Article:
# 5 – Arthur (Or the Decline and Fall of the British Empire)

The Kinks Are The Village Green Preservation Society clearly whetted Ray Davies’ taste for concept albums. Just a year after its release, the band dropped Arthur (Or the Decline and Fall of the British Empire). It wasn’t as good as its predecessor, but, really, what could be? Judged on its own merits, it’s a classic. The story that weaves the songs together might be shaky, but the songs themselves are dynamite. It’s as British as a cup of tea and a chocolate digestive, and just as comforting as both.

# 4 – Face to Face

If The Kink Kontroversy had hinted at The Kinkstransformation from a hard rock garage band into something altogether more interesting, Face to Face spelled it out. It still rocks and it still rolls, but there’s a gentler, calmer side to the sound and a new maturity to Davies’ songwriting that would shape and direct the band’s output going forward. It’s a bridge between two worlds. and one that’s very easy to like.

# 3 – Lola Versus Powerman and the Moneygoround, Part One

The Kinks Are The Village Green Preservation Society may have been greeted with almost unanimously positive reviews, but it didn’t really sell. Neither did their other albums. Despite the odds, the band plodded on, stoic in the face of adversity, dignified in their perseverance. Apart from Ray Davies, who was getting sick of being the darling of the critics and the whipping boy of everyone else. He wanted success. The fact he wasn’t getting any (at least in his mind) was down to one thing and one thing only: the music industry. On Lola Versus Powerman and the Moneygoround, Part One, Davies lets his disdain for the whole sordid industry pour out. The result? The band’s most commercially successful album in years.

# 2 – Something Else by the Kinks

By 1967, The Kinks had fallen out of favor and out of luck. Daveis’ songwriting, on the other hand, had never been better. Something Else by the Kinks failed miserably, partly because the band were still subject to a US ban on TV and live performances and partly because Pye Records had made the catastrophic decision to release several of the album’s most promising songs, including “Waterloo Sunset” and “Death of a Clown,” while the album was still in progress. But flop or not, it’s a stunning piece of work, with Davies’ sharp observations adding just enough bite to stop the sepia-toned vignettes drifting into sentimentality.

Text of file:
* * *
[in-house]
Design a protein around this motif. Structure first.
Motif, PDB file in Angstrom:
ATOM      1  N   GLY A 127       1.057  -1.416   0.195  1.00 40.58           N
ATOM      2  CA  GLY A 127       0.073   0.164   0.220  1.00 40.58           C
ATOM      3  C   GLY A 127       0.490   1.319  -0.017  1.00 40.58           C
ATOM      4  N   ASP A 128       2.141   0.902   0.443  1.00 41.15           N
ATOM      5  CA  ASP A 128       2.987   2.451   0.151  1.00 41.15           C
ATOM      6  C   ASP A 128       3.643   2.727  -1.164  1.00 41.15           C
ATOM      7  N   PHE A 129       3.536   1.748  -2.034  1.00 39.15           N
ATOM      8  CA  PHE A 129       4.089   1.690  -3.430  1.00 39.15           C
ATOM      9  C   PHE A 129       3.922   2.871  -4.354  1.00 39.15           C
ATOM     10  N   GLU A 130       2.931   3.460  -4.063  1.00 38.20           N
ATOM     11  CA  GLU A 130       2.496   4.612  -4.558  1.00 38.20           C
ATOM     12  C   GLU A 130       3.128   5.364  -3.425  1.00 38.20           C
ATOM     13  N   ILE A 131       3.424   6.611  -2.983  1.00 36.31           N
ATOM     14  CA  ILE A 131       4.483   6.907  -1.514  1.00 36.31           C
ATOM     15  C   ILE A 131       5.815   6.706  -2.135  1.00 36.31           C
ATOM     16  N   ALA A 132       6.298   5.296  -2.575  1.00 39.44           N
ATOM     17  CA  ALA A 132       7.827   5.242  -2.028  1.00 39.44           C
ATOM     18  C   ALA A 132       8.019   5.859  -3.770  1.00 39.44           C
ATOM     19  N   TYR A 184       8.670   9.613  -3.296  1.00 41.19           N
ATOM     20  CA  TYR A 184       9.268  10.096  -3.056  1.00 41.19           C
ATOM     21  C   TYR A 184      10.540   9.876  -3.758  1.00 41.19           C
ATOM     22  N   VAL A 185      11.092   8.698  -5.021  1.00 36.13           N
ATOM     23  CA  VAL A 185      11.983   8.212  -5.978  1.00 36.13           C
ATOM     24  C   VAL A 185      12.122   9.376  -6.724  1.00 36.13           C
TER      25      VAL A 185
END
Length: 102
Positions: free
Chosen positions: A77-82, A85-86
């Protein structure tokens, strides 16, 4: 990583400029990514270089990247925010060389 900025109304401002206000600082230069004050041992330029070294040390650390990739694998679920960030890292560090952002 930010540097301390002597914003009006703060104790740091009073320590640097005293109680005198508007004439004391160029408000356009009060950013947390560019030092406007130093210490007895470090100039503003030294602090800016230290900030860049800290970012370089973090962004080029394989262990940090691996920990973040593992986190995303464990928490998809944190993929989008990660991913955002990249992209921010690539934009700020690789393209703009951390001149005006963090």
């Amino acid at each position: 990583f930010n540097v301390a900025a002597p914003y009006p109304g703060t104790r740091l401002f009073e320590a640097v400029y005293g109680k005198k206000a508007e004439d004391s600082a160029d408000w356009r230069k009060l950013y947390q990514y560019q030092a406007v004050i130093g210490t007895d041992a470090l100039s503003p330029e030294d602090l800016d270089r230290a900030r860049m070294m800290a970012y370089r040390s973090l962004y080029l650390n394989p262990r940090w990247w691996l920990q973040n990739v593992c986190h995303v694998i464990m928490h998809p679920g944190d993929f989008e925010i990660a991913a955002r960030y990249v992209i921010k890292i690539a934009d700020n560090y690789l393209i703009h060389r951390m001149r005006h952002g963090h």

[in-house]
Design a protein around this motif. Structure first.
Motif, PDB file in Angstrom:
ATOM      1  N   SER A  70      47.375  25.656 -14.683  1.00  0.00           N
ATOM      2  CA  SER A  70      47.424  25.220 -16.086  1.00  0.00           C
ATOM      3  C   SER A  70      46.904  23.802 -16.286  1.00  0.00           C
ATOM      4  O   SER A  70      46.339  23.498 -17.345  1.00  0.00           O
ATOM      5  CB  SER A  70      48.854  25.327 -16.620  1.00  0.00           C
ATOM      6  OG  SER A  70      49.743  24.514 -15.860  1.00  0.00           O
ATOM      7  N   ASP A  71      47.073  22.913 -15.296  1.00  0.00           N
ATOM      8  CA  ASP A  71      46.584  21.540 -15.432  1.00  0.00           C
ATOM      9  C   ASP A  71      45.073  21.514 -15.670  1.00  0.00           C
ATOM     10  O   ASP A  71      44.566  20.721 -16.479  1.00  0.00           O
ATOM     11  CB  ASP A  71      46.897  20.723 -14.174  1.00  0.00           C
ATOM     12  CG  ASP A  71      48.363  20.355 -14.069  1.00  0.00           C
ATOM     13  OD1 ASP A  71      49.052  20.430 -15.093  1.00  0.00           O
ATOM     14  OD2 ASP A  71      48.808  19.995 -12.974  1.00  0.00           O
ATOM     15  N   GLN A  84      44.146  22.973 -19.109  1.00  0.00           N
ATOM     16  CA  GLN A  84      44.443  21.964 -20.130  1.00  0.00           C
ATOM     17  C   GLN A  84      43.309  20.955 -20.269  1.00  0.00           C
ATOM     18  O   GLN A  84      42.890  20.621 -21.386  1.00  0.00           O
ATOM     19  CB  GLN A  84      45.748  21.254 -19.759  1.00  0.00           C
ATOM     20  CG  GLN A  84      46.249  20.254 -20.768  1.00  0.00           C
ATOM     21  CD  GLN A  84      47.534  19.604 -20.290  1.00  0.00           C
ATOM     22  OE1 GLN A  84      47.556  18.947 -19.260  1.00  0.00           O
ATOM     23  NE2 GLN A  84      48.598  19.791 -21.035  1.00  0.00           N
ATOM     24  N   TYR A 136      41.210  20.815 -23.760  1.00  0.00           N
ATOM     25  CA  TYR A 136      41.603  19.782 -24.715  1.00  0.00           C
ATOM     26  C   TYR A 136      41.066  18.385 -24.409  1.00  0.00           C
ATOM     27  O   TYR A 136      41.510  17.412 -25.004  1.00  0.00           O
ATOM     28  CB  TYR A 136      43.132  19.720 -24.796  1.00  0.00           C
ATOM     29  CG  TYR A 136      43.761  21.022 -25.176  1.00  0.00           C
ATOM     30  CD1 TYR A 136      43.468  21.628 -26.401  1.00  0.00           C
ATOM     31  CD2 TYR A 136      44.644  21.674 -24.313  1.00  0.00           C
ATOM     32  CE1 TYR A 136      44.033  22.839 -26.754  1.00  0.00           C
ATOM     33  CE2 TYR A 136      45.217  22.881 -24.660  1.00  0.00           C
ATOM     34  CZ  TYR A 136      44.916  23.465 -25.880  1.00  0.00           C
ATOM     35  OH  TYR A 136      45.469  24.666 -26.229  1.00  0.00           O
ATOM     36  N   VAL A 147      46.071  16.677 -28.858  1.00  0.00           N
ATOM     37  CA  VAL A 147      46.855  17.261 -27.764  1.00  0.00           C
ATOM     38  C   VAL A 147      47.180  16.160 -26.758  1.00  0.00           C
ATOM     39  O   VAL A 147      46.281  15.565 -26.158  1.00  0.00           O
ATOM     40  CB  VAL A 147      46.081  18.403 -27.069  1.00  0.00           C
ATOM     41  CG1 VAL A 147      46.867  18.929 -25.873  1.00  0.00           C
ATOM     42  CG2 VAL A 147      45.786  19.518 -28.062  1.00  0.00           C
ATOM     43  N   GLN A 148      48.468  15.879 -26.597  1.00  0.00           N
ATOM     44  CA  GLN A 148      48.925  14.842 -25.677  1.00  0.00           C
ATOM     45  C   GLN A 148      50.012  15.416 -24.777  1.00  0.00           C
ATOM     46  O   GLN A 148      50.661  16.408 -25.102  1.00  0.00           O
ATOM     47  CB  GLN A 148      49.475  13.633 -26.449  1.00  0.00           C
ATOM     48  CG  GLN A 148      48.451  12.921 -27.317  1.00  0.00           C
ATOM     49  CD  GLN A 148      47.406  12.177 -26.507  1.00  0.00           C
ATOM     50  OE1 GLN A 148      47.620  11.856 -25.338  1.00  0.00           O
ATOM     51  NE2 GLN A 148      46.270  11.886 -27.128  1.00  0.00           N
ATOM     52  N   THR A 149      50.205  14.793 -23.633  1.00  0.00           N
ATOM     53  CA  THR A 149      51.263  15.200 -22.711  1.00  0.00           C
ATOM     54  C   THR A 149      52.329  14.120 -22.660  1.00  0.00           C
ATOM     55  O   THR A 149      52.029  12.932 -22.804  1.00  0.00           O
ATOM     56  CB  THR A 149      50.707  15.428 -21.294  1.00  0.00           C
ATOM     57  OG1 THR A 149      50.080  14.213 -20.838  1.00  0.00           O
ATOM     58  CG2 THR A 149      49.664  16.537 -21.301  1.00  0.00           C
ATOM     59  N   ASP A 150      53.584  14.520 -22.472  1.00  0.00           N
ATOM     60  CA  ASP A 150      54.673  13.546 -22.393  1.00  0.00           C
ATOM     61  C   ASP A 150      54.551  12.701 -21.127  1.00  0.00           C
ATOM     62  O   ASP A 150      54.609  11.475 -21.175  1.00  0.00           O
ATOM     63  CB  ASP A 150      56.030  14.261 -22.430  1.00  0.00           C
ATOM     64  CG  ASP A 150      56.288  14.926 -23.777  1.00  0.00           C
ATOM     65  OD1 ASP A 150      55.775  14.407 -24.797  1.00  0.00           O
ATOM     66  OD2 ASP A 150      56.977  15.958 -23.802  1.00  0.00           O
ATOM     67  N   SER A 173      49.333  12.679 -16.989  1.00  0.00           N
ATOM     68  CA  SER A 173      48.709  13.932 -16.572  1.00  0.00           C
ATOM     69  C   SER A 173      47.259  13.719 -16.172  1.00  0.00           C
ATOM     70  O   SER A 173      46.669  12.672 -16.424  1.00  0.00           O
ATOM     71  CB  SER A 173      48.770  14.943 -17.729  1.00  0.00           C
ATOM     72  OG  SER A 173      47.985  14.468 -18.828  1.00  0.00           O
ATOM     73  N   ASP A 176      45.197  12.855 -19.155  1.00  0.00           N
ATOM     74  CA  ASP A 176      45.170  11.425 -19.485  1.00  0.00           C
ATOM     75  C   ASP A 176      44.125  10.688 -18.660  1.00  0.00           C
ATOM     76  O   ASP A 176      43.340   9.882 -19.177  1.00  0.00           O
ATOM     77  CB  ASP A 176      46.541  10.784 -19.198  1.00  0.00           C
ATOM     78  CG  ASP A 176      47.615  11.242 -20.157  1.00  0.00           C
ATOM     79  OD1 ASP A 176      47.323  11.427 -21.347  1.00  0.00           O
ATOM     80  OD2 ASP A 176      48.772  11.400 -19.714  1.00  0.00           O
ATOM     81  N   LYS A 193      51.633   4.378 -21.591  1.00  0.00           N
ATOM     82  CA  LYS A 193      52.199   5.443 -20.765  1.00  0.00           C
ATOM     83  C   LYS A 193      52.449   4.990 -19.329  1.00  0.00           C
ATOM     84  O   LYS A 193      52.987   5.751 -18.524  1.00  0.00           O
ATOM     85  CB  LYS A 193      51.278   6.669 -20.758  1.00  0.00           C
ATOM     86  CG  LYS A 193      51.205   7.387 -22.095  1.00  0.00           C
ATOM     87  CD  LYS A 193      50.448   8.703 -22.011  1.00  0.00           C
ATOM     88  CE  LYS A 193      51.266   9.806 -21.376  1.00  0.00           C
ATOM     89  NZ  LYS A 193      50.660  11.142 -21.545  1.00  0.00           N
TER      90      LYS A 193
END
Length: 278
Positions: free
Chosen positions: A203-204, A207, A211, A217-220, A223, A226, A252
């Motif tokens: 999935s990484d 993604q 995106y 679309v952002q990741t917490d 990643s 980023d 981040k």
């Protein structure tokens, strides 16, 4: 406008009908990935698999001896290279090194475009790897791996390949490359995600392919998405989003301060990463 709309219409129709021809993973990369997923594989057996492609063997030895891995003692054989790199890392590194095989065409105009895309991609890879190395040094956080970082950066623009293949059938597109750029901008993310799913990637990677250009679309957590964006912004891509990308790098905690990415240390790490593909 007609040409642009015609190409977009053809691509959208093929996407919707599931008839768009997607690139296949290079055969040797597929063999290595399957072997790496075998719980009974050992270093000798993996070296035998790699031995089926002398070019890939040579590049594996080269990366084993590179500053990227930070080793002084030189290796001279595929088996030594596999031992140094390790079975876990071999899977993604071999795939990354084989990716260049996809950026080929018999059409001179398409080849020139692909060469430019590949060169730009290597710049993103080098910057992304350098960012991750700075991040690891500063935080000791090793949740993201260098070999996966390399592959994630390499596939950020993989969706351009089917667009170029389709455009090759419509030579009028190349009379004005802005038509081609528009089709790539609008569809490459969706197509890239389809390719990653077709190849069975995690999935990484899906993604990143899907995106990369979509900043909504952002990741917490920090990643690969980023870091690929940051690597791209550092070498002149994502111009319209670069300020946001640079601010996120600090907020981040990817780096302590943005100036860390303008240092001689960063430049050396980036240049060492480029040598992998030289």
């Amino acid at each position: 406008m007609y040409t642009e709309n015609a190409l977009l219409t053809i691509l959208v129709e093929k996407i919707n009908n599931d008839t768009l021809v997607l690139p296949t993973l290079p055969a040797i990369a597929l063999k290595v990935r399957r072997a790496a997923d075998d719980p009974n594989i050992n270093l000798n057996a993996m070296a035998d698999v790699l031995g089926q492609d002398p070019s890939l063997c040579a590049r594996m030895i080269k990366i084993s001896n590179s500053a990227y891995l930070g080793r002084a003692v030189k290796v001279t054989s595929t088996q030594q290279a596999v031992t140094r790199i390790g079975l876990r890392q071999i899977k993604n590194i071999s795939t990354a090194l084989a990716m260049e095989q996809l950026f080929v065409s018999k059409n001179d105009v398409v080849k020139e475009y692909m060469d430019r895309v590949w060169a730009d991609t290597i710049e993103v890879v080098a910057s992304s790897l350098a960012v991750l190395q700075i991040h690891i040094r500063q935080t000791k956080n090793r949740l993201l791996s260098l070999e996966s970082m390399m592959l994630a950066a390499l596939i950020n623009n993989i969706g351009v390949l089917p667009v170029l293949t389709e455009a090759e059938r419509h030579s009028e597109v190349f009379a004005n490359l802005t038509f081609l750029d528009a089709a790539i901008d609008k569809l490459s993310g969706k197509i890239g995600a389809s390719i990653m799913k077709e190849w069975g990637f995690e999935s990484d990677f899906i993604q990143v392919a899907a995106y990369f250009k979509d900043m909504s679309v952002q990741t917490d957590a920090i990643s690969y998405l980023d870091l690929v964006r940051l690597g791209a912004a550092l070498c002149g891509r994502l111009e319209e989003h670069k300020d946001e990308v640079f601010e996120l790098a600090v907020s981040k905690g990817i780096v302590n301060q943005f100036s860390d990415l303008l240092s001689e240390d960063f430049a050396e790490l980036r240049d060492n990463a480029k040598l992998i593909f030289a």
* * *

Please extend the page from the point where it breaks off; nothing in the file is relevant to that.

# 1 – The Kinks Are The Village Green Preservation Society

Something Else by the Kinks is a classic album, but even classic albums can’t compete with stone-cold masterpieces. The Kinks Are The Village Green Preservation Society is exactly that. Obviously, no one bought it. Released in 1968, it left fans confused, the critics scratching their heads, and everyone else completely nonplussed. But sometimes, people don’t know which side their bread is buttered on. A whimsical slice of nostalgia full of colorful characters and pastoral pleasures, it’s an unmitigated joy. Davies once said, “Everybody’s got their own village green, somewhere you go to when the world gets too much.” On the strength of this, we’d be happy to spend a lifetime at his.